Announcements from the WI DPI School Nutrition Team (SNT)
It’s National School Lunch Week
October is Farm to School Month
Updated! SNT Financial Question and Answers Document
ServSafe Course and Exam Opportunity
NEW! Recipe Analysis Workbook
It’s National School Lunch Week!
The theme for this year’s National School Lunch Week is “School Lunch: Recipes for Success,” which is designed to help you share positive school lunch stories and the secret ingredients to success!
The National School Lunch Program plays an important role in helping to ensure that every child in the nation starts school ready to learn. This program is a national commitment to the promotion of our children’s health and well-being, allowing children to concentrate on graduating with the skills and knowledge they need to be college and career ready.
Share your stories during the week to show us what makes your school lunch program special! Use the National School Lunch Week 2017 Toolkit
for engagement resources. Be sure to use #NSLW17 and #WisNSLW in your social media posts, and tag the Wisconsin Department of Public Instruction School Nutrition Programs on Facebook and Twitter using @WisDPI_SNP.
October is Farm to School Month
Interested in Farm to School? Consider joining the Wisconsin Farm to School Leadership Group or the Wisconsin Farm to School Newsletter listserv!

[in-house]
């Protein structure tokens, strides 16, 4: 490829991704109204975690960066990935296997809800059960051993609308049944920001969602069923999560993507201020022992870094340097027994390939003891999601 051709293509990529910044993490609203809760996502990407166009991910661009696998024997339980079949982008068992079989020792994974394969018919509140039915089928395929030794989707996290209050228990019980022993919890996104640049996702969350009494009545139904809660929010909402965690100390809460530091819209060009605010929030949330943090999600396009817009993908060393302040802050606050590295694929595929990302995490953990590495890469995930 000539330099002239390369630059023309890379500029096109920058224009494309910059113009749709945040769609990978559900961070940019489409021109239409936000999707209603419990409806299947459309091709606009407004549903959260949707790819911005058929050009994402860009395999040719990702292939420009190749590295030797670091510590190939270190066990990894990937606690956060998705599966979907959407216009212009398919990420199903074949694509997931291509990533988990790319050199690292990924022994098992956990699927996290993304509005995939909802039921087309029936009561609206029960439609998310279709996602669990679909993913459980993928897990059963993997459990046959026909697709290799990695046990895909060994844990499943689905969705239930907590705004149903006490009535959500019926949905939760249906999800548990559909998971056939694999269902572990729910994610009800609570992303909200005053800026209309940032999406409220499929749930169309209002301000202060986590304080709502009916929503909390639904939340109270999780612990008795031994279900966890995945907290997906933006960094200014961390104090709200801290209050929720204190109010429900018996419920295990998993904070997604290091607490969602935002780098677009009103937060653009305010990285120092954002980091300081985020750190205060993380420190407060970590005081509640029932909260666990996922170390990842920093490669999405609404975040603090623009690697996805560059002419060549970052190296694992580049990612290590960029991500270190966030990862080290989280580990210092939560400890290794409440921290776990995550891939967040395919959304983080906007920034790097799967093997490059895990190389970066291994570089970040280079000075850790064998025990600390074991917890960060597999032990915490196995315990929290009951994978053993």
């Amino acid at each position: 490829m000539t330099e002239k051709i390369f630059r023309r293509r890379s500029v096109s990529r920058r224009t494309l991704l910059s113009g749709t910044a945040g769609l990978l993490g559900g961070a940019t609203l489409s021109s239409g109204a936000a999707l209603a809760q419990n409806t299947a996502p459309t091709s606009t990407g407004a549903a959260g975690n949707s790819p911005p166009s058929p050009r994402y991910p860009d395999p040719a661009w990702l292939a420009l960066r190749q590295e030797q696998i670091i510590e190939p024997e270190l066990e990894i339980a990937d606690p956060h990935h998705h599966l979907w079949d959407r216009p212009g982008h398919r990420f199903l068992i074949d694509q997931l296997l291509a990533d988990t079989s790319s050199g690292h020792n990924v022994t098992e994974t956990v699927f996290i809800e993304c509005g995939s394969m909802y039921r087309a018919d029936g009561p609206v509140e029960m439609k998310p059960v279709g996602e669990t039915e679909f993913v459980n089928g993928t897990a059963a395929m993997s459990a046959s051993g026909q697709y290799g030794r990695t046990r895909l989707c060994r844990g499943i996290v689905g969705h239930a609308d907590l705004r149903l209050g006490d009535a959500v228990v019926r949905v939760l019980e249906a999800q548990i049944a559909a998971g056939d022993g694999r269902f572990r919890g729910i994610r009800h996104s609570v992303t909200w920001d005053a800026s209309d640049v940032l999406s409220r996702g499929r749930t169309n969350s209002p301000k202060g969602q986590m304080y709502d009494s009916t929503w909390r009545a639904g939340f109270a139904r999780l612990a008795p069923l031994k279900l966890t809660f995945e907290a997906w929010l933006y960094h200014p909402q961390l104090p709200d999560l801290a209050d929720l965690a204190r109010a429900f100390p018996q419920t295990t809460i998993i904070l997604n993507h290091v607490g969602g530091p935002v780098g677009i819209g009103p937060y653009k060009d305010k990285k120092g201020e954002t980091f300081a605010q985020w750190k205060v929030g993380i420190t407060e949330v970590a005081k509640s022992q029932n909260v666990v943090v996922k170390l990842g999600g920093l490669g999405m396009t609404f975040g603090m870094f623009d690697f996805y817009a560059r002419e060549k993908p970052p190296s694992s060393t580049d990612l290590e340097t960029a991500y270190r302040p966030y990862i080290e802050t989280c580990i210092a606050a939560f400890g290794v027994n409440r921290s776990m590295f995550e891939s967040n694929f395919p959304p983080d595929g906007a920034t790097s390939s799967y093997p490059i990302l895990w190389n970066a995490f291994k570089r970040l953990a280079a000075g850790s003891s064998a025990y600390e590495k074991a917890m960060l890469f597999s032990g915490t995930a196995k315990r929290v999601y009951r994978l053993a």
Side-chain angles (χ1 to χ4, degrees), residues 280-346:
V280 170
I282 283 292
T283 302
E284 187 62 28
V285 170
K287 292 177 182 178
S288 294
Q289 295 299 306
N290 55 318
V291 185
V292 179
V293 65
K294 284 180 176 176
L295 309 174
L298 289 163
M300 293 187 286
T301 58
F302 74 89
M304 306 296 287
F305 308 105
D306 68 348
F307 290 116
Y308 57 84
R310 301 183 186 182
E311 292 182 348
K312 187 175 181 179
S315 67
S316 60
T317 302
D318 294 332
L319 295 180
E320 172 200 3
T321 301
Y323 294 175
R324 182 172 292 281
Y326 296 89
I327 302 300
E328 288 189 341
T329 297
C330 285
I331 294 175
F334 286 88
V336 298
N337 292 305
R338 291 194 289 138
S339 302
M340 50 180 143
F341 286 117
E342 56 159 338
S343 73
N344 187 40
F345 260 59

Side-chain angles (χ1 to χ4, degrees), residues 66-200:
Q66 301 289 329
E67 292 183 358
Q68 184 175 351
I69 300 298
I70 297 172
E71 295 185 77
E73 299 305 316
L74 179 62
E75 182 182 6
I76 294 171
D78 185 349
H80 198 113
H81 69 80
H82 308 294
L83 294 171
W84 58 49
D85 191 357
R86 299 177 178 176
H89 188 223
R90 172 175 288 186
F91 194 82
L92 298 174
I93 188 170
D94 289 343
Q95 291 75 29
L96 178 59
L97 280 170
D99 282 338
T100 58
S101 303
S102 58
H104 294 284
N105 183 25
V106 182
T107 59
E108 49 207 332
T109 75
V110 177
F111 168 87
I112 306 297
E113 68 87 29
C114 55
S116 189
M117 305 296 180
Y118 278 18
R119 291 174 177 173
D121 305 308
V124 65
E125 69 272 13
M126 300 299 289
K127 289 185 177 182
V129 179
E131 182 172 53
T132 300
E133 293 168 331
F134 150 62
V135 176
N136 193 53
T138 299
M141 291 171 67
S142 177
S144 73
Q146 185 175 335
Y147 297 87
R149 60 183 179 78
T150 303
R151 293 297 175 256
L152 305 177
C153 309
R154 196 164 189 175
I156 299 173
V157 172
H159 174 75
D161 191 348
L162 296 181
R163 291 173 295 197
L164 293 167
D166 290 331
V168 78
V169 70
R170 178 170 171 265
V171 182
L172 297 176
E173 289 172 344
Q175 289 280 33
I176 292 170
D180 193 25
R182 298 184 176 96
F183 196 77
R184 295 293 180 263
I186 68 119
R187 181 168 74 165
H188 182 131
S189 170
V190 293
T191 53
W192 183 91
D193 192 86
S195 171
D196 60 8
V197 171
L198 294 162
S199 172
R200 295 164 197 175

The Wisconsin Farm to School Leadership Group holds group calls on the second Tuesday of each month from 10 - 11am. Learn about Farm to School efforts happening throughout the state and share your Farm to School stories. The Leadership Group is open to anyone with an interest in Farm to School and is a great way to connect with others. To join, simply email one of the facilitators:
Vanessa Herald of the University of Wisconsin Center for Integrated Agricultural Systems
Beth Hanna of Community Groundworks
Allison Pfaff Harris of the Department of Public Instruction School Nutrition Team.
The Wisconsin Farm to School Newsletter is shared twice a month and includes Farm to School updates, resources, trainings, funding, job opportunities, and media features. Subscribe to the Wisconsin Farm to School Newsletter by using this link
Updated! SNT Financial Questions and Answers Document